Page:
The largest publicly-traded international oil and gas company in the world, ExxonMobil has made more than $20 billion in cumulative investments in Australia. ExxonMobil has historical roots in Australia through its predecessor company, Vacuum Oil, which opened its first branch in Queen Street, Melbourne in February 1895. The company was pivotal in the discovery of oil and gas in Bass Strait, with the Gippsland Basin joint venture completing its first discovery in February 1965. Since then, offshore facilities have supported production of 4 billion barrels of oil and 8 trillion cubic feet of gas.

Although its primary role has been to extract natural resources, a spinoff benefit of the company’s involvement in Australia has been local skill development. Before the Bass Strait projects, Australian companies such as BHP did not have the oil and gas skills to perform modern petroleum resource projects. ExxonMobil’s work in Australia has contributed to “enormous growth in specialised skills,” ExxonMobil Public and Government Affairs Manager Andrew Murphy said. A proliferation of Australians equipped with skills gained from working on ExxonMobil’s Australian sites are now travelling around the world working on other oil and gas projects, Murphy said.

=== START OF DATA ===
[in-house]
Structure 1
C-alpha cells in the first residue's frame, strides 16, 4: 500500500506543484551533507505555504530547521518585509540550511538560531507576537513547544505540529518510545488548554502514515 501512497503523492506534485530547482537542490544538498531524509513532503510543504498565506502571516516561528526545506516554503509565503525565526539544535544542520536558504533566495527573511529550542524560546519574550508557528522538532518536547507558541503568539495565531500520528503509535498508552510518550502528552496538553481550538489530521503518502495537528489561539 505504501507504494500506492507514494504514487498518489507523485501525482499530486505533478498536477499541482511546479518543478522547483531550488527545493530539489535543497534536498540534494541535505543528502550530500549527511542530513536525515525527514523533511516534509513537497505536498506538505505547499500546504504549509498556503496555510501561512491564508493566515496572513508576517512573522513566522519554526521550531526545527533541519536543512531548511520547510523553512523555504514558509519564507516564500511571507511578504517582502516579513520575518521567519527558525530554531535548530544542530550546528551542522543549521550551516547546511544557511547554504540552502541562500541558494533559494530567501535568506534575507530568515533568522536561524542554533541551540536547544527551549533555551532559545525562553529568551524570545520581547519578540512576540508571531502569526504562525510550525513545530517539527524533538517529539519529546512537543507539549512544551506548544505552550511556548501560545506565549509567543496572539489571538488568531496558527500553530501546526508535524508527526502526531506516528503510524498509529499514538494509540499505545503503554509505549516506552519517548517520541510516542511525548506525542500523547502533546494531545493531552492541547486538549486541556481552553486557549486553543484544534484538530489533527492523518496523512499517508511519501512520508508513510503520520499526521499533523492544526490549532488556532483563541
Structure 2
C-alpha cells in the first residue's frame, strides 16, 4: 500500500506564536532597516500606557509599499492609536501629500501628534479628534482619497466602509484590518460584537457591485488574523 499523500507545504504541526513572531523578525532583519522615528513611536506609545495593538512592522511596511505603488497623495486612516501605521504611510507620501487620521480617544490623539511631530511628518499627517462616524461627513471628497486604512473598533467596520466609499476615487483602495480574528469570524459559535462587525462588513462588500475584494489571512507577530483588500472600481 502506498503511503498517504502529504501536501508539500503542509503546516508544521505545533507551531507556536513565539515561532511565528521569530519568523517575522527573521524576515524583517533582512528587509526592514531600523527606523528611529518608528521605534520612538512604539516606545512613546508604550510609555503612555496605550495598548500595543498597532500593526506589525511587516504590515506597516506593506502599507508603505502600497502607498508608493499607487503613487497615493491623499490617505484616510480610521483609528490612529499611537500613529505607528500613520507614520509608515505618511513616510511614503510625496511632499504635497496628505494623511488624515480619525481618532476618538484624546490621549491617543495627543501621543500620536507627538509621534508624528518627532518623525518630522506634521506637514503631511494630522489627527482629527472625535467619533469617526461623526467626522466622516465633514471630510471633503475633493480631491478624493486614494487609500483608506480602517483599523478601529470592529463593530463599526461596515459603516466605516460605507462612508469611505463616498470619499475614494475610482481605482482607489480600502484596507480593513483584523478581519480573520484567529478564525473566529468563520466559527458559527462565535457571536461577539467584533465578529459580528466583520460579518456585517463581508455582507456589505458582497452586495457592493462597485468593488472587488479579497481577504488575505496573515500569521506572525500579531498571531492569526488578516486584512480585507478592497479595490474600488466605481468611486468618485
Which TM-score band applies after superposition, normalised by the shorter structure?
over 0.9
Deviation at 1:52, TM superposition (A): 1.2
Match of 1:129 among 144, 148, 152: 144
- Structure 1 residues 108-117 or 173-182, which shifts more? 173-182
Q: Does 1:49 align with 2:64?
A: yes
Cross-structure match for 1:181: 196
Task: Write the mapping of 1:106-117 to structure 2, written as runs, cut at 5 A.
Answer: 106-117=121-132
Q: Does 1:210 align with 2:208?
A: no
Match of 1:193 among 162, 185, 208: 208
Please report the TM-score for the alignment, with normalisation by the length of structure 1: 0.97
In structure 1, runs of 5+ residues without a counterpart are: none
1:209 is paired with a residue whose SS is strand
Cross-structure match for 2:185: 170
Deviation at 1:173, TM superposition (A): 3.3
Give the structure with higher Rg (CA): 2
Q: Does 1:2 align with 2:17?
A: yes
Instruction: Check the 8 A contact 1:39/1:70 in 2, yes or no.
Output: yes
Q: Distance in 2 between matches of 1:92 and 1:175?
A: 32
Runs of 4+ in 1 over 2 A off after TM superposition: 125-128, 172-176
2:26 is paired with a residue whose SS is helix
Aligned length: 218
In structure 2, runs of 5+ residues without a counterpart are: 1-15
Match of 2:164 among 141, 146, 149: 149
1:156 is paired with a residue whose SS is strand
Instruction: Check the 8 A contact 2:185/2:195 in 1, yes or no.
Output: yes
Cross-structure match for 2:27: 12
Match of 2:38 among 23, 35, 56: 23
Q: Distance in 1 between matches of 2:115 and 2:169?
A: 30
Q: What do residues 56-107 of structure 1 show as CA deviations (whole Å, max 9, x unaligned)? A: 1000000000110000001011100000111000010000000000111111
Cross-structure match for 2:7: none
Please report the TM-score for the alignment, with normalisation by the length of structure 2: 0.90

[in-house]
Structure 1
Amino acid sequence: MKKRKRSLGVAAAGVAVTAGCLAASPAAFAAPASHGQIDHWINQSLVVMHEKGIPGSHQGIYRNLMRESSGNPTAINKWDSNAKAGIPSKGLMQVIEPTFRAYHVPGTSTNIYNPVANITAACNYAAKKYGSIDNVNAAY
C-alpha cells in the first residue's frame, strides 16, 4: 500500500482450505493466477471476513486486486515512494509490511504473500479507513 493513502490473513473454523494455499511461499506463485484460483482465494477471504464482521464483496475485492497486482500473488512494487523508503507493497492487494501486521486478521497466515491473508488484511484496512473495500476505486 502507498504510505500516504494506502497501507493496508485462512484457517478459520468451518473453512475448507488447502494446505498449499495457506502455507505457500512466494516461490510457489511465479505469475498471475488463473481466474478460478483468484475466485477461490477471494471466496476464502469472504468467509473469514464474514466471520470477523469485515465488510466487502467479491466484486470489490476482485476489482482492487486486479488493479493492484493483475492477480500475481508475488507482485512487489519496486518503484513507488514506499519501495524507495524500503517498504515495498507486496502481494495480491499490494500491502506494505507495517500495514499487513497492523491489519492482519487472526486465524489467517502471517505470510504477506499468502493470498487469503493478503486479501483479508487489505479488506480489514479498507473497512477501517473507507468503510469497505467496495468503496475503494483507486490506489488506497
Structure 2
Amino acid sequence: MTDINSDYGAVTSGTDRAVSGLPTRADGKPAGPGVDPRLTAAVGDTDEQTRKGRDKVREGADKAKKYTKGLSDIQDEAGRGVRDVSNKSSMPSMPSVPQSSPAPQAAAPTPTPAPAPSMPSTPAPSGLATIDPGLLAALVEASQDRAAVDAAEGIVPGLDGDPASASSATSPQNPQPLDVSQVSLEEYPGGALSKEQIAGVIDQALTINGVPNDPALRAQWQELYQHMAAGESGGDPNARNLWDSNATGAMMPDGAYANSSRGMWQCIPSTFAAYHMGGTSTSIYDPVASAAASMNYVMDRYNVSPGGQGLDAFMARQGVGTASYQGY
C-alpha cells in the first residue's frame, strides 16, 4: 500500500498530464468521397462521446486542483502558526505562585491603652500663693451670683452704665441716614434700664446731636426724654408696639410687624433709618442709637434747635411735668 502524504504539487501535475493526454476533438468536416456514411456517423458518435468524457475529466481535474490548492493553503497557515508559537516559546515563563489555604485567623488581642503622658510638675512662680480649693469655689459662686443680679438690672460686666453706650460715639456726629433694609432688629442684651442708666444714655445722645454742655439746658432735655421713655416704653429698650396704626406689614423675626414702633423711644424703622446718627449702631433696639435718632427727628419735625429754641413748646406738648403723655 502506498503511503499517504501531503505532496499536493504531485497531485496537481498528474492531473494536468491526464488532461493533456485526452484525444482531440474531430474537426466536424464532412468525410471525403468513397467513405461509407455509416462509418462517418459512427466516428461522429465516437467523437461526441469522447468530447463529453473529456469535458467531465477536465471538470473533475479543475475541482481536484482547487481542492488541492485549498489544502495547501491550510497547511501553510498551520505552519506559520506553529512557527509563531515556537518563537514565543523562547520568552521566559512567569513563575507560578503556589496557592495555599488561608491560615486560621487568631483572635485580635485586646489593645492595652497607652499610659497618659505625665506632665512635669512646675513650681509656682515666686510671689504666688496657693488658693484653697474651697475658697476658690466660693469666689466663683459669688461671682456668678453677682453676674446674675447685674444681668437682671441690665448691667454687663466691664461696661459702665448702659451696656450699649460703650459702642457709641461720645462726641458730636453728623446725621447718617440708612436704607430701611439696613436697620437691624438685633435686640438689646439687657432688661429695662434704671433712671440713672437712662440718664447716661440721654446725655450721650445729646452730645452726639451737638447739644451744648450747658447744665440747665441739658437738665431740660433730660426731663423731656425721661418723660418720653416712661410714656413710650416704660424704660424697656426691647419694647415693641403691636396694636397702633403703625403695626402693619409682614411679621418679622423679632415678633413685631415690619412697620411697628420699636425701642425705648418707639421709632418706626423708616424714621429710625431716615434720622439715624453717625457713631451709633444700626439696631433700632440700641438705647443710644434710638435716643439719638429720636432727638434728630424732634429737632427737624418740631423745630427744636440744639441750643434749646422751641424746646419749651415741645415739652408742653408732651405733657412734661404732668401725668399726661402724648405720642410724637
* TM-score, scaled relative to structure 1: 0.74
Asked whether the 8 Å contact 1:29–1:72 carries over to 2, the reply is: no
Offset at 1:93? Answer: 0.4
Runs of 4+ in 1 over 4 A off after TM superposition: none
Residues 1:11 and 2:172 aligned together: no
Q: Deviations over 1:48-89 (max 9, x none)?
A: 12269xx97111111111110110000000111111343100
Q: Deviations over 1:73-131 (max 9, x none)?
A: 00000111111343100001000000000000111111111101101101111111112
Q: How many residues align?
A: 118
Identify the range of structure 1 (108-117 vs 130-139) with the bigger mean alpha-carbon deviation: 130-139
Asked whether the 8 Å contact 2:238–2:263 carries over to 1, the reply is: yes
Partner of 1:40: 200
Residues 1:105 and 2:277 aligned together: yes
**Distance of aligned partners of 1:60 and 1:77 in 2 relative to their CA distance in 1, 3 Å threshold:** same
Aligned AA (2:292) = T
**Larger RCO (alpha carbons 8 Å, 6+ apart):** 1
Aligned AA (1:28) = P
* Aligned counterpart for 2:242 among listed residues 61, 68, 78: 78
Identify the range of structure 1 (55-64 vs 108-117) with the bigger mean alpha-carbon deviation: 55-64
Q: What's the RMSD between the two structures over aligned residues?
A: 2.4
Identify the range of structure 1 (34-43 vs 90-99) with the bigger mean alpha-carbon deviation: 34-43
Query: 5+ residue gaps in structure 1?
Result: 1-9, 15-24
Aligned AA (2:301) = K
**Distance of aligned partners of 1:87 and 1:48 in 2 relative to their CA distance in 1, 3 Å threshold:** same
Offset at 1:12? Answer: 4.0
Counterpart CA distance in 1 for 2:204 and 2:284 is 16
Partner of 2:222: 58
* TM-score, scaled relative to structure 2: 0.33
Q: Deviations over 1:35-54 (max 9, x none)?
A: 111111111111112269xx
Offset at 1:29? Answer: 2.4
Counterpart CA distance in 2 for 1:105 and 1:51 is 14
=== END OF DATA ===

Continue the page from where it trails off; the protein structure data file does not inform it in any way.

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The two-way knowledge transfer between the university sector and geoscience and petroleum engineering has been particularly marked. Engineering and geology programs at several universities involve significant interaction. As one example, at the University of New South Wales, the School of Petroleum Engineering was established in 1985 as an independent entity dedicated to the field, only 20 years after the discovery of Bass Strait oil. Two clear policy challenges are present. The first is around the Australian industrial relations system, which has been partly responsible for cost blowouts on certain projects – and labour costs and productivity are especially important toward the end of the life of a project. Changes to the workplace relations system could make Australia more attractive for future investment.

The second is the importance of a stable fiscal regime. ExxonMobil has paid around $12 billion in Petroleum Resource Rent Tax (PRRT) over the past two decades in nominal terms. Under this scheme Australia has remained a favourable investment destination for ExxonMobil with two generations of developments in the Bass Strait, as well as the significant investment in the Gorgon Project.